This is a brief noirish detective story about a time traveler from the future who comes back to 1957 to set elaborate traps that kill people before they can produce the offspring whom, for unspecified reasons, somebody in the future doesn't want to have to deal with.  Maybe the most noteworthy element of the story is that the reader is expected to figure out that the assassin is a time traveler.  The meticulous planning of the deadly Rube Goldberg "accidents" in this story reminded me of Budrys's intricate descriptions of Harvey Cable's methods of investigating what is going on in his house in "Silent Brother," but while that story had an emotional arc and was optimistic, "The Skirmisher" is cynical and a little gimmicky, and too short to really develop characters or a world.   Acceptable.

"The Skirmisher" was first published in Infinity Science Fiction and has only ever resurfaced in Budrys collections.

"The Man Who Tasted Ashes" (1959)

Like "The Skirmisher," "The Man Who Tasted Ashes" concerns an outsider who puts into motion an elaborate scheme to murder somebody.  A space alien living in disguise on the Earth wants to start World War III and hires Redfern, an English adventurer who now lives in America and does things like gunrunning for a living, to murder a communist diplomat who is visiting Washington.  "The Man Who Tasted Ashes" is composed of scenes that feel like they were lifted out of espionage fiction: Redfern in a hotel room, trying to remain cool as a cucumber as he negotiates with the alien and receives high tech gadgets, Redfern's anxiety boiling over as he talks to a British diplomat in the shadowy corner of a restaurant, Redfern obsessively checking his watch as he drives down the highway in a stolen car, trying to reach the aliens' spaceship before blast off.  Will the diplomat from the Warsaw Pact be killed?  Will war erupt between East and West?  Will Redfern get to the alien ship on time?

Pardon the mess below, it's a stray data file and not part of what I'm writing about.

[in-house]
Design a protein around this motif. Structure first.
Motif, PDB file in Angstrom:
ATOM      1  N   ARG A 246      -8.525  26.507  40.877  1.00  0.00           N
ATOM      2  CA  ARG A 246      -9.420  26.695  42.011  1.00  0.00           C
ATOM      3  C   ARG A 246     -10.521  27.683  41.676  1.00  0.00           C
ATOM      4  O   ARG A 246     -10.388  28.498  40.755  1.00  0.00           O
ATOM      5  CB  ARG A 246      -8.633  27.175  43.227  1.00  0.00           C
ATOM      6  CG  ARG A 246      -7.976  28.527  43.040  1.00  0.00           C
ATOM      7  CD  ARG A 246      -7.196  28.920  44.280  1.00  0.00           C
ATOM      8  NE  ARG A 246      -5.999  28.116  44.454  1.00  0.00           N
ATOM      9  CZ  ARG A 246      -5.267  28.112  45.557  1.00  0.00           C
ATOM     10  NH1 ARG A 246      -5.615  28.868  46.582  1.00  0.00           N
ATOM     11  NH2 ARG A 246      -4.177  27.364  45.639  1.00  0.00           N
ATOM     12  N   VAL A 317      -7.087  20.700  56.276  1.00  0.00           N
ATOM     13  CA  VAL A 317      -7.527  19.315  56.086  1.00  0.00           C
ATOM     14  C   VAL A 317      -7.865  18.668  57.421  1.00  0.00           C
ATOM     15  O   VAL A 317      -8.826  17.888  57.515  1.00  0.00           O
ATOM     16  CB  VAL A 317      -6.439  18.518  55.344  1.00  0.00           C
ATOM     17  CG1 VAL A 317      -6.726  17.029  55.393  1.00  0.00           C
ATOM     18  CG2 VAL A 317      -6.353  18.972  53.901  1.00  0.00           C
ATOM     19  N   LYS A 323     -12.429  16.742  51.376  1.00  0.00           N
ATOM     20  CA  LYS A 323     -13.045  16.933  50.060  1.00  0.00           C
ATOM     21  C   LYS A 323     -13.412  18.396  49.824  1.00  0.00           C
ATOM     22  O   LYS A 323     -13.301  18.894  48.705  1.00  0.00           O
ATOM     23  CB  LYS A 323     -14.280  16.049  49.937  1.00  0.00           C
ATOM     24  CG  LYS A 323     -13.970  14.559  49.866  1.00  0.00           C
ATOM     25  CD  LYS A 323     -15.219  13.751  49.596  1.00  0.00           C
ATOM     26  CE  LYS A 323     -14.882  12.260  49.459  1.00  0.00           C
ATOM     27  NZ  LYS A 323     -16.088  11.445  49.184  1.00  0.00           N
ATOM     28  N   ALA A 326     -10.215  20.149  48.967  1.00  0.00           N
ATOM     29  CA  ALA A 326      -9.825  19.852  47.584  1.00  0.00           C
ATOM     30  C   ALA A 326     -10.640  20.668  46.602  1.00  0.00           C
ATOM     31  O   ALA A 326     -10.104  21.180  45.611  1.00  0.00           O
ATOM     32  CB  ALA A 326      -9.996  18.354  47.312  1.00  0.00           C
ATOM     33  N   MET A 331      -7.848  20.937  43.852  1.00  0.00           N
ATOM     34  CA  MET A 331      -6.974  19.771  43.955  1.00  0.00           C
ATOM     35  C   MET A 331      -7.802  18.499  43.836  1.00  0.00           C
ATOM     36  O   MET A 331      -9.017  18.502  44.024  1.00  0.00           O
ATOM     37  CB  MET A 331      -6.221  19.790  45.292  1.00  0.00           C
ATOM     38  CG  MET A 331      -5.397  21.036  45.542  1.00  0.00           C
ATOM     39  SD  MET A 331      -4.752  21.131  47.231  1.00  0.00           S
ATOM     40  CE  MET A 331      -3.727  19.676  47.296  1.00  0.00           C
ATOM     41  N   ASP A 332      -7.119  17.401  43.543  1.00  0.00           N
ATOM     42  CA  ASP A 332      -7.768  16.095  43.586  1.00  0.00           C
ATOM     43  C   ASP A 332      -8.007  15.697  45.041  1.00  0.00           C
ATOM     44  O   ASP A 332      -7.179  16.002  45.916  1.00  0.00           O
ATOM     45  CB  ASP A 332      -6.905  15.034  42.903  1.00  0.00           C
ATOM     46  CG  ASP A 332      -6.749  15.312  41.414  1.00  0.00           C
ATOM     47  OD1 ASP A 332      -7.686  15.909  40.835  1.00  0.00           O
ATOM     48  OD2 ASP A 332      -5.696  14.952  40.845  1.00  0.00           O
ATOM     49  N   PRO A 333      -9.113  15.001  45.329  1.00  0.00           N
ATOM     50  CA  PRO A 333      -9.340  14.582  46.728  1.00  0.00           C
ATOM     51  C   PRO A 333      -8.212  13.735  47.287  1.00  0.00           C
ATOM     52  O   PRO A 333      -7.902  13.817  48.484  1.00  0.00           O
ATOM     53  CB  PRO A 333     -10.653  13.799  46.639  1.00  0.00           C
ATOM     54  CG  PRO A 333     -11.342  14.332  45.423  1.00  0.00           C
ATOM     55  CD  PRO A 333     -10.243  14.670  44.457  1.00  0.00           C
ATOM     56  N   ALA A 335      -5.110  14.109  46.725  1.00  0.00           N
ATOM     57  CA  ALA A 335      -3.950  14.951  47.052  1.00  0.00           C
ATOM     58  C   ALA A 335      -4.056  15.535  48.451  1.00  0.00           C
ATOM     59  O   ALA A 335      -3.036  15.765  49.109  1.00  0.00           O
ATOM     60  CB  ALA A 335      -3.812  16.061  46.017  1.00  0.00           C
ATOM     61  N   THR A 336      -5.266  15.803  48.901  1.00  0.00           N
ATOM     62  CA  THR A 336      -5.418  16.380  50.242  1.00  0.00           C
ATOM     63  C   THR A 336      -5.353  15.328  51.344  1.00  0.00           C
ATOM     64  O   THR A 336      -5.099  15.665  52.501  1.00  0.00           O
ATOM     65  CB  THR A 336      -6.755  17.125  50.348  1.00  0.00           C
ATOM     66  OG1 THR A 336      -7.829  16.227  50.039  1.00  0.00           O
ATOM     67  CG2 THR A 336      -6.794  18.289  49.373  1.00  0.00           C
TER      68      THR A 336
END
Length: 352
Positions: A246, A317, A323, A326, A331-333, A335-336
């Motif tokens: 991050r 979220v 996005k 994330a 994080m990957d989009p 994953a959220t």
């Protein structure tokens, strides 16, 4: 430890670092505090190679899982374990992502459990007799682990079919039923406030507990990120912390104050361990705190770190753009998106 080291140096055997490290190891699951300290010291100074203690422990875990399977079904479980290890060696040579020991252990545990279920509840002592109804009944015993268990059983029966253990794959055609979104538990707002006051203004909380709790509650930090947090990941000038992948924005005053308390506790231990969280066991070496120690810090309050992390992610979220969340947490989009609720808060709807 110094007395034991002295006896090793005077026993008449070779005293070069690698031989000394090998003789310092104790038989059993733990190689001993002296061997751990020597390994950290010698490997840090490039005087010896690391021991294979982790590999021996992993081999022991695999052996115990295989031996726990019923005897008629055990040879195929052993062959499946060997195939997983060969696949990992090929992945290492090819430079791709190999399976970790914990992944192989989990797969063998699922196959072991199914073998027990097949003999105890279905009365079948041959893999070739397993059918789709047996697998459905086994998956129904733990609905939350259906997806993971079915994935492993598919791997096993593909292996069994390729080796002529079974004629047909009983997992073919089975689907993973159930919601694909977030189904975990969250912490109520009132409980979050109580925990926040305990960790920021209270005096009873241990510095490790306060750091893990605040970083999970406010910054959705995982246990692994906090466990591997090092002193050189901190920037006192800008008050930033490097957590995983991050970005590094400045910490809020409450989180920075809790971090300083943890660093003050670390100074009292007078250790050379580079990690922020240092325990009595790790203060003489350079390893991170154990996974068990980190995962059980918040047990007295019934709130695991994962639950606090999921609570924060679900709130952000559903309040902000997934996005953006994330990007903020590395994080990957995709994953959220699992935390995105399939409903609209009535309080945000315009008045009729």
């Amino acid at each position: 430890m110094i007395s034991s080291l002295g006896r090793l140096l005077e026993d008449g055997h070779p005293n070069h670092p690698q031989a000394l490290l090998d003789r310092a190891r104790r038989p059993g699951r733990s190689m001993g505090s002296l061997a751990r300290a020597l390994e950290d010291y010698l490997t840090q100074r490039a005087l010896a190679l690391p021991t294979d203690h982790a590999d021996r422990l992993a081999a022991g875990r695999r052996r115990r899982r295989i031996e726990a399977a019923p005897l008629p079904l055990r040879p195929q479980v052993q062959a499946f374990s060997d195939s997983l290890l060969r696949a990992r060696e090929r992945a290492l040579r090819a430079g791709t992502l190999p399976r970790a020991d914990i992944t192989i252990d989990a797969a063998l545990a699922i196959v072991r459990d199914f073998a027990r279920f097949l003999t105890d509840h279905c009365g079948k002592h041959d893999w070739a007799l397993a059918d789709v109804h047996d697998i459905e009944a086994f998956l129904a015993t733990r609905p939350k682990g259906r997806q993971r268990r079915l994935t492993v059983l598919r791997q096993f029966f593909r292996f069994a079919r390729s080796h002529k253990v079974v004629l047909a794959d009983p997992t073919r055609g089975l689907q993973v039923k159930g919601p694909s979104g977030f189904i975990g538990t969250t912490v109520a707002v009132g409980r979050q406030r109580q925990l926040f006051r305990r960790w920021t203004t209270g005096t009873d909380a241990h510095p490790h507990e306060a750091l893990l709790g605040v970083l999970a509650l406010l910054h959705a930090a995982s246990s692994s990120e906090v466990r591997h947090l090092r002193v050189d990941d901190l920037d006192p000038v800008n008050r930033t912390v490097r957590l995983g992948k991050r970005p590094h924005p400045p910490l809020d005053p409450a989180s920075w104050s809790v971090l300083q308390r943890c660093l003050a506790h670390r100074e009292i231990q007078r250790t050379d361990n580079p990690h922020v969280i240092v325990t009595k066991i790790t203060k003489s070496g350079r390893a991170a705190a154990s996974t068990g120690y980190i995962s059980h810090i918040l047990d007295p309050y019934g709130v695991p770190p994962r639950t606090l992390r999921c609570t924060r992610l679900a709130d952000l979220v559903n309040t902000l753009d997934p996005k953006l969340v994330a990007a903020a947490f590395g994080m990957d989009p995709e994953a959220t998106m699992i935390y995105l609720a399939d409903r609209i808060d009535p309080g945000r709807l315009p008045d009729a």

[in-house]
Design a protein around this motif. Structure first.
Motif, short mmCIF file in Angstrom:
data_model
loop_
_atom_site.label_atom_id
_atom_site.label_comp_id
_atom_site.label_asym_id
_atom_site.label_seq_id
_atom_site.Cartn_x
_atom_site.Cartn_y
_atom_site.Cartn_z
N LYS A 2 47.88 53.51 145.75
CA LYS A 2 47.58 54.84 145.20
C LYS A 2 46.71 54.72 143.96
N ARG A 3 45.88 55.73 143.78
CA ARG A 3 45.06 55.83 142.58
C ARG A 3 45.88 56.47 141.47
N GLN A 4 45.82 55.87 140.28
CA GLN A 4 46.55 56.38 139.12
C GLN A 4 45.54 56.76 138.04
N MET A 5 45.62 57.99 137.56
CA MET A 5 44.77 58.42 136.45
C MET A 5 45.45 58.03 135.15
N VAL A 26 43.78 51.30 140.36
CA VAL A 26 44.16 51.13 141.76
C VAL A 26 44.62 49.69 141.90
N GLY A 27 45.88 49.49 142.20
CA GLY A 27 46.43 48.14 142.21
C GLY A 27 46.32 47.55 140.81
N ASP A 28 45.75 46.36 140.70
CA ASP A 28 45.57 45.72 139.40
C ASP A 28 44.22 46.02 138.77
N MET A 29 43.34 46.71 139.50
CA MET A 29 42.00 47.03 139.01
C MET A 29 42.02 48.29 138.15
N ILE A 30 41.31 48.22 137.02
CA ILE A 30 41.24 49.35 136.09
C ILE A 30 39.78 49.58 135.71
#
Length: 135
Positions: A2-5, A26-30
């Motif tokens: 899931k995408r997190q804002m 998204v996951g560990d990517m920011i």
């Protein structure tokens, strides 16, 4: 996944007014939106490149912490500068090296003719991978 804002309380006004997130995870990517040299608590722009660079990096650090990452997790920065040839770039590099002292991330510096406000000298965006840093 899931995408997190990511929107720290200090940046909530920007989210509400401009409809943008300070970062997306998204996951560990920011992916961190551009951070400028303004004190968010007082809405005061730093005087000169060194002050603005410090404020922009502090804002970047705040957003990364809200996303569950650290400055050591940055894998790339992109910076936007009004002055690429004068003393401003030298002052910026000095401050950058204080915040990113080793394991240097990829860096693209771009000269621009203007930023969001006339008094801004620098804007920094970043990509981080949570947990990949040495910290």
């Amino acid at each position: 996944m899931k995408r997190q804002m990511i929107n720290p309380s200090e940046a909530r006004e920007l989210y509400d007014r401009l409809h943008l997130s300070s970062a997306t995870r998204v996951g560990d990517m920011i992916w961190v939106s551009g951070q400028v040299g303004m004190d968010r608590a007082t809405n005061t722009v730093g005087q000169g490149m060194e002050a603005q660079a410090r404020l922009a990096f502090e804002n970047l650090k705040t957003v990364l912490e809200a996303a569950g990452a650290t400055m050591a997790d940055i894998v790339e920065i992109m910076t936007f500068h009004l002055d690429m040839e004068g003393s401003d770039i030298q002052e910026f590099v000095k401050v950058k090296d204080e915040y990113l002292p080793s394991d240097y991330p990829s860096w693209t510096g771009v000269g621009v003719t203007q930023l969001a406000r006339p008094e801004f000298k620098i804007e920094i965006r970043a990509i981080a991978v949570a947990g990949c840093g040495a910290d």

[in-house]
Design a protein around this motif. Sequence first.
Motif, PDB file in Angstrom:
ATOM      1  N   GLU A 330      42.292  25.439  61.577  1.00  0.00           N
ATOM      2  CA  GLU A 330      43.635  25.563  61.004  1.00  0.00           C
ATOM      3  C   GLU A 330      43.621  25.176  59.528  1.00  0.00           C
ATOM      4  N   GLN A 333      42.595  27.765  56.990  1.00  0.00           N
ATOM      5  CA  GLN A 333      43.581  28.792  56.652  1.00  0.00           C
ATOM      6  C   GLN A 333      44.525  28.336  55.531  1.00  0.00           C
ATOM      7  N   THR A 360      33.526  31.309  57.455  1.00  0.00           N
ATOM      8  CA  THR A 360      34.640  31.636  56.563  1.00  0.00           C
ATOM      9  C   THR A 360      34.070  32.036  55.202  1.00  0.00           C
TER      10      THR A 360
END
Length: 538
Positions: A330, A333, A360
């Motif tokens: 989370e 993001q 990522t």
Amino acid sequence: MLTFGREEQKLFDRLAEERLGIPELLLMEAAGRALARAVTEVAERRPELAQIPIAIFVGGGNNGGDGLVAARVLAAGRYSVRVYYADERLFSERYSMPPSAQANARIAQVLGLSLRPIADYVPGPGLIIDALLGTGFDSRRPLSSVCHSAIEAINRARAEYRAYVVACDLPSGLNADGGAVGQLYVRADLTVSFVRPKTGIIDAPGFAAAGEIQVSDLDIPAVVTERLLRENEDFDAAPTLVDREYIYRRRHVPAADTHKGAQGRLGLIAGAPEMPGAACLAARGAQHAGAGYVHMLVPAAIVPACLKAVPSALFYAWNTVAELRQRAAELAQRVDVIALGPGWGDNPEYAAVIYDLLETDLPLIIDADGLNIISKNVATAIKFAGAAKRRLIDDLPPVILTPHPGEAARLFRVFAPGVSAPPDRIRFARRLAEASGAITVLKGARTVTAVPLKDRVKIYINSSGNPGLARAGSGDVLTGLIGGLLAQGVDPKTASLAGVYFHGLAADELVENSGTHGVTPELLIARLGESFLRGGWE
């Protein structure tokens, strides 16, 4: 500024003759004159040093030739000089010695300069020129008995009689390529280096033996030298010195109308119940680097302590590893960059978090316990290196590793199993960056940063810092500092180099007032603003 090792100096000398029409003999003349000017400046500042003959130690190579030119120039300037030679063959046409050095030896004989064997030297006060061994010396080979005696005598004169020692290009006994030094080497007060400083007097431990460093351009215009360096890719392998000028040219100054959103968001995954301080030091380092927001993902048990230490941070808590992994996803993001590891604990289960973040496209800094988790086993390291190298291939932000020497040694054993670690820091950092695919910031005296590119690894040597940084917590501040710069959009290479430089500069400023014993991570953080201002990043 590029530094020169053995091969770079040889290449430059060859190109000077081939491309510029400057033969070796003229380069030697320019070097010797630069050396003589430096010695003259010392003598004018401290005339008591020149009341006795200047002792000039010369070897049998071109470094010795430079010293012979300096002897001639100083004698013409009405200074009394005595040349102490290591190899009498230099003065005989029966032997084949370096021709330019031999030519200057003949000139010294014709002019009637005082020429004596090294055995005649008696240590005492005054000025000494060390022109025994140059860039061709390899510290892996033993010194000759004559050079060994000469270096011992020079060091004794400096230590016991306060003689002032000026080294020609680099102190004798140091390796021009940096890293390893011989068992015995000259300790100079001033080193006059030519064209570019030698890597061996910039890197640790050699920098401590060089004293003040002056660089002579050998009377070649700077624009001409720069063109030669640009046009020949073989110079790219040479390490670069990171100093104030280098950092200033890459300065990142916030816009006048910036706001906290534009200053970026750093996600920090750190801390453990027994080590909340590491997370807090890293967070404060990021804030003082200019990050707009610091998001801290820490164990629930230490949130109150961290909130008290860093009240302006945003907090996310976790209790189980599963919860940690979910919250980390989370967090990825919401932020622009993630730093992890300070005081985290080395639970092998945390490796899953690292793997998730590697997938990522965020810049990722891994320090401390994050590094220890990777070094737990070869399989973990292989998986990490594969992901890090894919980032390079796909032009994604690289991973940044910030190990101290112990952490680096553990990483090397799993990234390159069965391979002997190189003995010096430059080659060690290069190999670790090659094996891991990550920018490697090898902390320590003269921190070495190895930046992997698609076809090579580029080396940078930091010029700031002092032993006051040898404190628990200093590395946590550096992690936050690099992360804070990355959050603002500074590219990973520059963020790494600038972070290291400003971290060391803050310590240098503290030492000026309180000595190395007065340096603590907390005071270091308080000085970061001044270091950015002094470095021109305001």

I liked the car driving scenes, and Budrys starts the story in the car, in medias res (all those negotiations are related in flashbacks), and thus gets the reader's attention in a way that telling the story in strict chronological order might not.  And while the complicated crime stuff in "The Skirmisher" is the  eat of that story, all the lurid spy and space alien skulduggery in "The Man Who Tasted Ashes" is used to construct a psychological portrait of a warped personality; I can recommend this one.

"The Man Who Tasted Ashes" first saw print in Damon Knight's If, and would go on to appear in an anthology of If stories and a 1966 book of SF stories designed for use in schools.


More 1950s stories by Algis Budrys in the next episode of MPorcius Fiction Log!

Thursday, April 18, 2019

"The Avenger" (1944) by Damon Knight and "Between the Dark and the Daylight" (1958) by Algis Budrys

In his introduction to Budrys' Inferno, a 1963 Berkley Medallion collection of some of his 1950s stories, Algis Budrys tells us that one of his favorite stories in the book is "Between the Dark and the Daylight," and that the story was inspired by Damon Knight's 1944 tale "The Avenger."  Budrys feels that "Between the Dark and the Daylight" is so heavily indebted to Knight that he thinks of Knight as a co-author of the piece.  So today, as a first step in our exploration of Budrys' Inferno, which I recently purchased down in South Carolina, let's read Knight's "The Avenger" and then the Budrys tale it inspired.